Material Men/Strange Blooms
Shobana Jeyasingh Dance
Queen Elizabeth Hall
Sooraj Subramaniam and Shailesh Bahoran are two distinctly different dancers; Subramaniam trained in classical South Asian dance, Bahoran in hip-hop. Yet both men share an inherited history of mass migration, a journey that stretches from colonial India to present day Europe.
In Shobana Jeyasingh’s latest work, Material Men, this history becomes the spark for a tender exploration of past, shared landscapes and the unique pathways of our lives.
Confined by a single sari, the two men struggle, the fabric both a restriction and plaything for their movement. It creates a connection between them, a need to work together, but the beauty of Material Men is that the individuality of each dancer is left untouched.
The passion, energy and physical strength of Bahron’s hip hop style is placed in stark contrast to Subramaniam’s calm, contained performance of the precise and detailed movements of classical South Asian dance. The accompanying music, performed on-stage by The Smith Quartet, echoes this disparity, at times a lively driving force, at others a mellow background to the movement.
Subramaniam and Bahoran often dance separately, each clearly a master at his own style, but the moments they move together are the most striking. In one instance, they simultaneously perform their own variations on a phrase and it is like hearing a single sentence spoken with entirely different intentions.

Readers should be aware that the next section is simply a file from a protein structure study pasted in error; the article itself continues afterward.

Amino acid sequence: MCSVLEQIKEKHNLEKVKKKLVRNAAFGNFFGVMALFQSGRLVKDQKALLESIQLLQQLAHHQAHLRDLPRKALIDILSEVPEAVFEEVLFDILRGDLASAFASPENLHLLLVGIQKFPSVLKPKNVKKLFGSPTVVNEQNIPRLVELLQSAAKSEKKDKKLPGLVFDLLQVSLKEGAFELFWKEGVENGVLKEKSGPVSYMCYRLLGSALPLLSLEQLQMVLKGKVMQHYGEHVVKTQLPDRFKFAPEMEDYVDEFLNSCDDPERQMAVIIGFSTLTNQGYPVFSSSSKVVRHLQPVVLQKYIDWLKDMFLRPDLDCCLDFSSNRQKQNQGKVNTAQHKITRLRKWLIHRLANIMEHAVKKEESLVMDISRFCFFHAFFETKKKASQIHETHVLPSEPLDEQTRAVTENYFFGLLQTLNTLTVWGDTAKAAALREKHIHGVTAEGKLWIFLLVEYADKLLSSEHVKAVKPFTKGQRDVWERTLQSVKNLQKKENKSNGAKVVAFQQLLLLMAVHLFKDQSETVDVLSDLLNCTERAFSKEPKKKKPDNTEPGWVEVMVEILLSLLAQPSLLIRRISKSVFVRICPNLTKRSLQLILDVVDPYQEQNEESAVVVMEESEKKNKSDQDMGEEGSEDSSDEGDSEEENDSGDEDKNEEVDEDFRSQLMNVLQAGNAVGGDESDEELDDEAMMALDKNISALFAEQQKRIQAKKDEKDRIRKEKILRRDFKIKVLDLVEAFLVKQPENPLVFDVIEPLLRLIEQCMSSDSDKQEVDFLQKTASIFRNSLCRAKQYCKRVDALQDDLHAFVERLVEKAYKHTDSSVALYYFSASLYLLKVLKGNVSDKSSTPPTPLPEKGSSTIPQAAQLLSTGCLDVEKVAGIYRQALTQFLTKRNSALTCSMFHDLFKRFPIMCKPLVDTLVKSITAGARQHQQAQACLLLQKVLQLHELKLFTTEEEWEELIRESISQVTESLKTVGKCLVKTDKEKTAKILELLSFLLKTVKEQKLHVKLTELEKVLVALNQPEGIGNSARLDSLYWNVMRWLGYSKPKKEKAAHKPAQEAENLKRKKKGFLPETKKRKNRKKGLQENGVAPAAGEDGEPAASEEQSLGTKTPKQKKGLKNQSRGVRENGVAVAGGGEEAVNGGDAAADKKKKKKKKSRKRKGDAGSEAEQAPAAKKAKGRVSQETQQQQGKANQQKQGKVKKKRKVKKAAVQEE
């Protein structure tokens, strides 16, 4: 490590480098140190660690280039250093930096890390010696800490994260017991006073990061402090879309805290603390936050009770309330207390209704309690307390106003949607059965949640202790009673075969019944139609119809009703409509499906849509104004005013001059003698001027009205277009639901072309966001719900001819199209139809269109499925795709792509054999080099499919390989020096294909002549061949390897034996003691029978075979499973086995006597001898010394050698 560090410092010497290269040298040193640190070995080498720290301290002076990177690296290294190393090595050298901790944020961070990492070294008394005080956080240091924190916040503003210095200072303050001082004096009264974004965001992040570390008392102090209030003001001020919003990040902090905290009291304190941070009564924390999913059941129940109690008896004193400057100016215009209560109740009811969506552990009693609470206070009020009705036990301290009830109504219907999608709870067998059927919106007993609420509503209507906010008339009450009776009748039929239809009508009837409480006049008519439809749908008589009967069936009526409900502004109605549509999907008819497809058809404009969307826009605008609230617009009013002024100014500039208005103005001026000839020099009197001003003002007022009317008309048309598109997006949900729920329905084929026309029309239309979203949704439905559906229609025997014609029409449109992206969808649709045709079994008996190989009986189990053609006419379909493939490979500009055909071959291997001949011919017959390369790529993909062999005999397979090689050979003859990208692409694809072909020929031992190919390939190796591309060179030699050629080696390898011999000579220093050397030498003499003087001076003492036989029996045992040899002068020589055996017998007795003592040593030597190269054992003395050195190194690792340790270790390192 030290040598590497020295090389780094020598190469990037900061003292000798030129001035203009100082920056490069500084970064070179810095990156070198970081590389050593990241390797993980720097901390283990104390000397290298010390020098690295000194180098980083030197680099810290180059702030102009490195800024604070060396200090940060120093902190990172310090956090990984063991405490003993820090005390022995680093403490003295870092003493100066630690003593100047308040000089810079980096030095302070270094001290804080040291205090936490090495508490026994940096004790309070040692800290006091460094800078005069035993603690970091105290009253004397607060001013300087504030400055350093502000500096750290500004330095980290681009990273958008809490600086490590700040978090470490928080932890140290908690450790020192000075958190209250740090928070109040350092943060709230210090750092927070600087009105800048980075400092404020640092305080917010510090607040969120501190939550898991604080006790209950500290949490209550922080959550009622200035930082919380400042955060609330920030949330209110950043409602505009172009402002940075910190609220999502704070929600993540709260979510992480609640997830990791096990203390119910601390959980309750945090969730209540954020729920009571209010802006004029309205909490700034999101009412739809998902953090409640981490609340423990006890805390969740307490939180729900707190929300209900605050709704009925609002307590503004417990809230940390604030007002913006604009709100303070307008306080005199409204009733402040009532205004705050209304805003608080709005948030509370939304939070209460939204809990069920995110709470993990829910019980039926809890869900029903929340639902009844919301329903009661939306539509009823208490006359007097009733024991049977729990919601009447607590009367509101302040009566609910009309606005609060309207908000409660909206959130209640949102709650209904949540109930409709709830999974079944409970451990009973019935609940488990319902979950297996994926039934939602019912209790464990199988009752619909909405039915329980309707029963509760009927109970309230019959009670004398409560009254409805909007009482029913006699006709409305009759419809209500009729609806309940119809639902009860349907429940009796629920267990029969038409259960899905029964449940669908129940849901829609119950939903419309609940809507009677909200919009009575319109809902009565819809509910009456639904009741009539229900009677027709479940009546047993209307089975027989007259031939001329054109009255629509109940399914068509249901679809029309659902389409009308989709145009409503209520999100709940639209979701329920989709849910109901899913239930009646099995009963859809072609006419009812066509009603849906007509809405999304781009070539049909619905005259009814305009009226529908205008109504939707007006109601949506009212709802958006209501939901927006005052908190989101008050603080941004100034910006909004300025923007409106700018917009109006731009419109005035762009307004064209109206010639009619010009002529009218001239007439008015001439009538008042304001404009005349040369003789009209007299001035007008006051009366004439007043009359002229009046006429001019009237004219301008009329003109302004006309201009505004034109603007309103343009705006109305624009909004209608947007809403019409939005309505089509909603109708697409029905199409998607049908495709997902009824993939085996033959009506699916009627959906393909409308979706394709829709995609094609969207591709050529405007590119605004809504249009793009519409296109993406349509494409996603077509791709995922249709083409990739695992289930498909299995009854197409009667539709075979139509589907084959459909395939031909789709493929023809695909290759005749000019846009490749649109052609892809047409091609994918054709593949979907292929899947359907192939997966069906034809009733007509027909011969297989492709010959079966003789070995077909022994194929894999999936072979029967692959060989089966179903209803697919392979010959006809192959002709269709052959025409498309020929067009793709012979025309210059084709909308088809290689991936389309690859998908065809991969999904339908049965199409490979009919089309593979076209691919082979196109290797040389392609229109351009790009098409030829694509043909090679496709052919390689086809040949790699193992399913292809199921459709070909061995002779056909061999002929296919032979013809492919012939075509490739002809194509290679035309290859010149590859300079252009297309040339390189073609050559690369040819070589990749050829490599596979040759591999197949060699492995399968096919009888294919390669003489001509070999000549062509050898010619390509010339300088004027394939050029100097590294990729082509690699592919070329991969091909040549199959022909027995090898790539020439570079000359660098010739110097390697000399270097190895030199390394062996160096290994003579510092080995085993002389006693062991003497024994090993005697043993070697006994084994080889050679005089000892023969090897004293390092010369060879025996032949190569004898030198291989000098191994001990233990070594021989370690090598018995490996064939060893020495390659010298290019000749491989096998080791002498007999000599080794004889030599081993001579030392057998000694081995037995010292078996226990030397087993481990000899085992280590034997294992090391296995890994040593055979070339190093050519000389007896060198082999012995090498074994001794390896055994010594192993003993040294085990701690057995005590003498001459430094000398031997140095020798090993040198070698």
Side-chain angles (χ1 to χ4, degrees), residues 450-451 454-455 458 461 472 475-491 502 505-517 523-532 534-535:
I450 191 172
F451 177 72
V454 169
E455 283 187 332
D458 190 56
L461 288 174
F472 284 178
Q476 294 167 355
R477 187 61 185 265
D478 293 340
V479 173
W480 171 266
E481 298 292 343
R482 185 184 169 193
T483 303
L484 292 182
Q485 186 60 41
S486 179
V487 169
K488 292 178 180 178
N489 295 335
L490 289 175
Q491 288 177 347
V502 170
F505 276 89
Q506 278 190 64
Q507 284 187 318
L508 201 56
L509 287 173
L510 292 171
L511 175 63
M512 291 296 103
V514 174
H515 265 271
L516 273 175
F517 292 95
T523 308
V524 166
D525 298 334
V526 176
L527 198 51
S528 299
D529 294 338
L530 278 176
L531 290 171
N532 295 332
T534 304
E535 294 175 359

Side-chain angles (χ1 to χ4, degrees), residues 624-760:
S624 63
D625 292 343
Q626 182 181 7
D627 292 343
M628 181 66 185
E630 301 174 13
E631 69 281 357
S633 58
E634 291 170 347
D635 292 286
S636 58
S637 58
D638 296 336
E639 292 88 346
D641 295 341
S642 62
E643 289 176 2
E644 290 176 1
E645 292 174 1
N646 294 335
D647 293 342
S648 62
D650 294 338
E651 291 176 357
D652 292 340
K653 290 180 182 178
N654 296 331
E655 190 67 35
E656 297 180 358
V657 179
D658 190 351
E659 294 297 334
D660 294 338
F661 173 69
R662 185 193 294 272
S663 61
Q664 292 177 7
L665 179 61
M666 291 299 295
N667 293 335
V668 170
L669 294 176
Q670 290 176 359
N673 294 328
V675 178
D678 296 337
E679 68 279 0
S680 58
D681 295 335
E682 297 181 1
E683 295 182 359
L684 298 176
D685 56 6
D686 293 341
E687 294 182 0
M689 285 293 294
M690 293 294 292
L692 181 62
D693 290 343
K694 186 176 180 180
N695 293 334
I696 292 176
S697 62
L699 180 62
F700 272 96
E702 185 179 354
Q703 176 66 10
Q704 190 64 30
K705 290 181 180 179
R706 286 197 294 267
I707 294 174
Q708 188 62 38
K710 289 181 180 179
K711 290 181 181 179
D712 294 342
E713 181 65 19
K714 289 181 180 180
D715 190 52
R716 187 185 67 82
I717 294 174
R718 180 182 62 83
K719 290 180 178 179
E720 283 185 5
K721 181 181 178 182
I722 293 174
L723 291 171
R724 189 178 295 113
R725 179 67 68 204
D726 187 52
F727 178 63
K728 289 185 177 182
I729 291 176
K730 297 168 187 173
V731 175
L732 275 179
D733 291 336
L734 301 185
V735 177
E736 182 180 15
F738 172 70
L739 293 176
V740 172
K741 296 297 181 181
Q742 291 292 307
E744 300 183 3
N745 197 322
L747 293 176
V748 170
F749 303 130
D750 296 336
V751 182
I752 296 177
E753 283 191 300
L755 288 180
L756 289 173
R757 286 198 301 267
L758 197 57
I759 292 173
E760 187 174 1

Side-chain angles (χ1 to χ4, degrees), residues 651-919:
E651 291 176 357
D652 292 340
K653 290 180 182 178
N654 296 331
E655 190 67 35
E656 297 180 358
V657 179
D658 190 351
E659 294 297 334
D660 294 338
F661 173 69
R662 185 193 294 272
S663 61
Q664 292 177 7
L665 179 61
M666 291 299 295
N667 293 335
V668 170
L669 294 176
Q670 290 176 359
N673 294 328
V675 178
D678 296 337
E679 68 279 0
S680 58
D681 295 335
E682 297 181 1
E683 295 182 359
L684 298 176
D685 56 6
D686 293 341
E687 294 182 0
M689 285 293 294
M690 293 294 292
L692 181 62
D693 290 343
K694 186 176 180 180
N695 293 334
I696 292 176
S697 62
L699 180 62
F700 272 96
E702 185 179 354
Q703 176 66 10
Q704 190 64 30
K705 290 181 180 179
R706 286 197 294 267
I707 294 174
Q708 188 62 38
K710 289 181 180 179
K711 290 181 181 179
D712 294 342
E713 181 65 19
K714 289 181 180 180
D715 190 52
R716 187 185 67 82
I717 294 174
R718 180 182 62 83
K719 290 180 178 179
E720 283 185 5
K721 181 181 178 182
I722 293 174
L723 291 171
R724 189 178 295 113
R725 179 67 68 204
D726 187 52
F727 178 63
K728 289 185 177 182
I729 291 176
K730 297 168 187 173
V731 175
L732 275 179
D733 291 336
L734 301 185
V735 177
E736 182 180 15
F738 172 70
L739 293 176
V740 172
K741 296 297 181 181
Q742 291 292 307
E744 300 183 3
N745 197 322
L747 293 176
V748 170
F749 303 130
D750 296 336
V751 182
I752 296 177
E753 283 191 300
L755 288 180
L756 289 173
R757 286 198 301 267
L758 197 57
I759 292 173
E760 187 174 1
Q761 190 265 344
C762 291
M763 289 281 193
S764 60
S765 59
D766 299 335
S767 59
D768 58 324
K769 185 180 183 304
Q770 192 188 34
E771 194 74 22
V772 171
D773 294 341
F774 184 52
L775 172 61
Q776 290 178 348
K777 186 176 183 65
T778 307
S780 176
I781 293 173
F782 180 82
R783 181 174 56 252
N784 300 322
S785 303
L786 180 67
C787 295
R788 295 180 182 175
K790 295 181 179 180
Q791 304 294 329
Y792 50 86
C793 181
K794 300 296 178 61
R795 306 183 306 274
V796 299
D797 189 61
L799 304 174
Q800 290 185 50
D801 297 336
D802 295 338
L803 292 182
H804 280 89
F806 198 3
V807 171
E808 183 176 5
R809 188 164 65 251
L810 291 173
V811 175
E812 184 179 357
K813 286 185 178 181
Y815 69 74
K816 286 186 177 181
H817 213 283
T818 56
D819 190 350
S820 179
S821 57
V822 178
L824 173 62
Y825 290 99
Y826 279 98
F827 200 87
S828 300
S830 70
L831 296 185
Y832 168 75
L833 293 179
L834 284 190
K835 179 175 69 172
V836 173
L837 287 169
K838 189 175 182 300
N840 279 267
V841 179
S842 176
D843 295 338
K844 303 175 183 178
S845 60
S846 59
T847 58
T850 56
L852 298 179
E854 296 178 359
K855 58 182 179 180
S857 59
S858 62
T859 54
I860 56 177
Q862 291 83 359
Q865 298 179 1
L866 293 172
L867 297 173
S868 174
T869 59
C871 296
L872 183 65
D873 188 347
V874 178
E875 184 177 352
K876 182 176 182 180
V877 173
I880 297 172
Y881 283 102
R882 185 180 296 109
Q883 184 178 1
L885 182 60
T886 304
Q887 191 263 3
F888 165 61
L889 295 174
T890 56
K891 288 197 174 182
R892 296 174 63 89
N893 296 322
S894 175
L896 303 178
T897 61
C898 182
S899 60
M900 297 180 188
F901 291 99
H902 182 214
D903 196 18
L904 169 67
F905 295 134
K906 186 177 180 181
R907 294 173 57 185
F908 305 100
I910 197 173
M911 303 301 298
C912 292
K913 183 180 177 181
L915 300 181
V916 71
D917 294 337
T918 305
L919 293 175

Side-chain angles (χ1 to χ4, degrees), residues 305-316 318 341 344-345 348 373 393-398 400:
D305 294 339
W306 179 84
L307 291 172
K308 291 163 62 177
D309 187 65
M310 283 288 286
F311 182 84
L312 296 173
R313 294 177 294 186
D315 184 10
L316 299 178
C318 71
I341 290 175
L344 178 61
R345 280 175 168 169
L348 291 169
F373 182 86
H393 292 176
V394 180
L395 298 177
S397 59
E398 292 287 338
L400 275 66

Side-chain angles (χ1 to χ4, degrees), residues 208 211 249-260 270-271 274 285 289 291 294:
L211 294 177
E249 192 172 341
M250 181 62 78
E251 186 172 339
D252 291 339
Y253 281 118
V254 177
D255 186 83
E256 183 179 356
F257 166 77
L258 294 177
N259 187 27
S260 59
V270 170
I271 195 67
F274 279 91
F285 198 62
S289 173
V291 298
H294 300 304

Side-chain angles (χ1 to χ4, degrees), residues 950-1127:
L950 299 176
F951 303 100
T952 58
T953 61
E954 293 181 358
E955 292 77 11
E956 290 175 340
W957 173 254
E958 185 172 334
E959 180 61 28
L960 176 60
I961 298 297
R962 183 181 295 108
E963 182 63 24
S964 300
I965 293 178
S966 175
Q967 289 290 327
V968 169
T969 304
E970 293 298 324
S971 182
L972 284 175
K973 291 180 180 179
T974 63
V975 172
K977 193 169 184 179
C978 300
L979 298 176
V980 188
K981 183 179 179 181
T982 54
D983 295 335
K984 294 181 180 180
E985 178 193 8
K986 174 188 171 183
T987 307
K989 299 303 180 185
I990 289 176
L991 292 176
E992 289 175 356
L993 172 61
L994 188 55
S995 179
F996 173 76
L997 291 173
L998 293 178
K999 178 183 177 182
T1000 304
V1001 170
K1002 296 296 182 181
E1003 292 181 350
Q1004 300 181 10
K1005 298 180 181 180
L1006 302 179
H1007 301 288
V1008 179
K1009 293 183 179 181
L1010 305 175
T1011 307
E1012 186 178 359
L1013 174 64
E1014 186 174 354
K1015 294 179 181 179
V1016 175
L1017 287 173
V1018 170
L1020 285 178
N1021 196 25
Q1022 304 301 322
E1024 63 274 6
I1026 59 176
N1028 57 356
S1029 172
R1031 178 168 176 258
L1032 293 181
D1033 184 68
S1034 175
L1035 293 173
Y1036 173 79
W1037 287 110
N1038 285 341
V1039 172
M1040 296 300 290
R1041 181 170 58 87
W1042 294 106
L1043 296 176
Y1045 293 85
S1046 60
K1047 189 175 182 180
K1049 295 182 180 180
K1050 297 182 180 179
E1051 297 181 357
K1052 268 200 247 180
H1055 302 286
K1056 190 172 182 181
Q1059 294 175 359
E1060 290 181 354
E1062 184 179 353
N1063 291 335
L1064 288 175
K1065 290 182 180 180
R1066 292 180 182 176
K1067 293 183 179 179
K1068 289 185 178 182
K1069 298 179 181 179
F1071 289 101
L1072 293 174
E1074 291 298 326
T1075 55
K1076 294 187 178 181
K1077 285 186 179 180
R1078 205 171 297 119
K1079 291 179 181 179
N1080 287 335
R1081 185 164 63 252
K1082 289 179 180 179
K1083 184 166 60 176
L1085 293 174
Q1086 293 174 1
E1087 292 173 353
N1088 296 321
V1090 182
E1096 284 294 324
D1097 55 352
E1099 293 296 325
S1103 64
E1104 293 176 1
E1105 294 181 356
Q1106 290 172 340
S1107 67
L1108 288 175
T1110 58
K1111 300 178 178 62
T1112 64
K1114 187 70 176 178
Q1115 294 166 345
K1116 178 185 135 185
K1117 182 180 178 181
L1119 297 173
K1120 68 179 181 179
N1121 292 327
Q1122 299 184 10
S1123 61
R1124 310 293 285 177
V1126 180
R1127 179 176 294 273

They may share a space and dance with each other but each keeps his identity, both as a dancer and as a person. Jeyasingh has struck a delicate balance in the way she has drawn these dancers together. Only at the end do they finally move as one and it is here the piece melts, a shared history seeping through despite the individual paths these two men have taken.
Material Men was accompanied by Jeyasingh’s acclaimed Strange Blooms (2013), a piece based on the cellular life of plants. The accompanying projections, moving images evocative of cellular growth with subheadings like ‘sunflower saplings’ and ‘branching’, give the work the feel of a living lecture.
A burst of frantic movement and a noise like earth uprooting opens the piece with an image reminiscent of these growing saplings. From here it becomes more precise, the dancers moving through angular shapes with a sharpness which perfectly suits the scientific edge to this piece.
The way each movement is set in exact time to the music, a classical but energetic score by Gabriel Prokofiev, is quite incredible. Sometimes the dancers work individually, sometimes they entwine with each other but the intensity of their shared focus gives the sense that each dancer is an integral part within a greater whole; an image that speaks for both plant and human life.
In this double bill, Jeyasingh continues her flair for producing works that are as individual in style as their ideas are unique. While these two works stand alone, brought together they find a connection in their ideas of individuality and shared humanity.
Reviewer: Rachel Elderkin